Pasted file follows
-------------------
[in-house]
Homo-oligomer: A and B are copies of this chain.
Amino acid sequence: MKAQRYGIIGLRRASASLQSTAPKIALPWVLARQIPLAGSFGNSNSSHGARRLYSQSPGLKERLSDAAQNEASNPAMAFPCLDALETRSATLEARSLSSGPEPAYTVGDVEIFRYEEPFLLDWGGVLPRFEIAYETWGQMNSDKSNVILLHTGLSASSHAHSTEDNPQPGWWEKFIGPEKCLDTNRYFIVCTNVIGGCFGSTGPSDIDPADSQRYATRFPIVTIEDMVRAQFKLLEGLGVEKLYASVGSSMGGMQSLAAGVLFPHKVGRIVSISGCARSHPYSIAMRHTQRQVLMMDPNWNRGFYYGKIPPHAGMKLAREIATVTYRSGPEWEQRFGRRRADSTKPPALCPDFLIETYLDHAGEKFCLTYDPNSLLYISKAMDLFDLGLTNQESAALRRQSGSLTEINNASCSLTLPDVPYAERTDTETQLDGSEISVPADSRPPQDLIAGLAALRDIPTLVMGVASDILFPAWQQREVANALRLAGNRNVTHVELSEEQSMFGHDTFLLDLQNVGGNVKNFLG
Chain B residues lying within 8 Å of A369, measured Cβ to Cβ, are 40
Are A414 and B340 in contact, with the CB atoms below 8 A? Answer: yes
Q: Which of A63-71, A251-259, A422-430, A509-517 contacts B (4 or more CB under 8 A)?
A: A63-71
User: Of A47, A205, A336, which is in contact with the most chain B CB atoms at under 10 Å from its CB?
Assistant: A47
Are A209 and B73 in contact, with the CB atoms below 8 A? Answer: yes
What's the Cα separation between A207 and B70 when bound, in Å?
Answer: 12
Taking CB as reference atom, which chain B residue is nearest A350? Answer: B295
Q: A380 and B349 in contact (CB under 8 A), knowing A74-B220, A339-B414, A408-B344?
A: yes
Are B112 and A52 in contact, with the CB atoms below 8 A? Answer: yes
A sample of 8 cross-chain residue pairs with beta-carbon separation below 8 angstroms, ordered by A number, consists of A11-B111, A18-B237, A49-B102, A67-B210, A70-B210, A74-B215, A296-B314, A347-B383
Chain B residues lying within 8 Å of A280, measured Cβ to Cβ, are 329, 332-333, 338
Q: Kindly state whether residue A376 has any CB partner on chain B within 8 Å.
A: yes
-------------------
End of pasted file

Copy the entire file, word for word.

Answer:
[in-house]
Homo-oligomer: A and B are copies of this chain.
Amino acid sequence: MKAQRYGIIGLRRASASLQSTAPKIALPWVLARQIPLAGSFGNSNSSHGARRLYSQSPGLKERLSDAAQNEASNPAMAFPCLDALETRSATLEARSLSSGPEPAYTVGDVEIFRYEEPFLLDWGGVLPRFEIAYETWGQMNSDKSNVILLHTGLSASSHAHSTEDNPQPGWWEKFIGPEKCLDTNRYFIVCTNVIGGCFGSTGPSDIDPADSQRYATRFPIVTIEDMVRAQFKLLEGLGVEKLYASVGSSMGGMQSLAAGVLFPHKVGRIVSISGCARSHPYSIAMRHTQRQVLMMDPNWNRGFYYGKIPPHAGMKLAREIATVTYRSGPEWEQRFGRRRADSTKPPALCPDFLIETYLDHAGEKFCLTYDPNSLLYISKAMDLFDLGLTNQESAALRRQSGSLTEINNASCSLTLPDVPYAERTDTETQLDGSEISVPADSRPPQDLIAGLAALRDIPTLVMGVASDILFPAWQQREVANALRLAGNRNVTHVELSEEQSMFGHDTFLLDLQNVGGNVKNFLG
Chain B residues lying within 8 Å of A369, measured Cβ to Cβ, are 40
Are A414 and B340 in contact, with the CB atoms below 8 A? Answer: yes
Q: Which of A63-71, A251-259, A422-430, A509-517 contacts B (4 or more CB under 8 A)?
A: A63-71
User: Of A47, A205, A336, which is in contact with the most chain B CB atoms at under 10 Å from its CB?
Assistant: A47
Are A209 and B73 in contact, with the CB atoms below 8 A? Answer: yes
What's the Cα separation between A207 and B70 when bound, in Å?
Answer: 12
Taking CB as reference atom, which chain B residue is nearest A350? Answer: B295
Q: A380 and B349 in contact (CB under 8 A), knowing A74-B220, A339-B414, A408-B344?
A: yes
Are B112 and A52 in contact, with the CB atoms below 8 A? Answer: yes
A sample of 8 cross-chain residue pairs with beta-carbon separation below 8 angstroms, ordered by A number, consists of A11-B111, A18-B237, A49-B102, A67-B210, A70-B210, A74-B215, A296-B314, A347-B383
Chain B residues lying within 8 Å of A280, measured Cβ to Cβ, are 329, 332-333, 338
Q: Kindly state whether residue A376 has any CB partner on chain B within 8 Å.
A: yes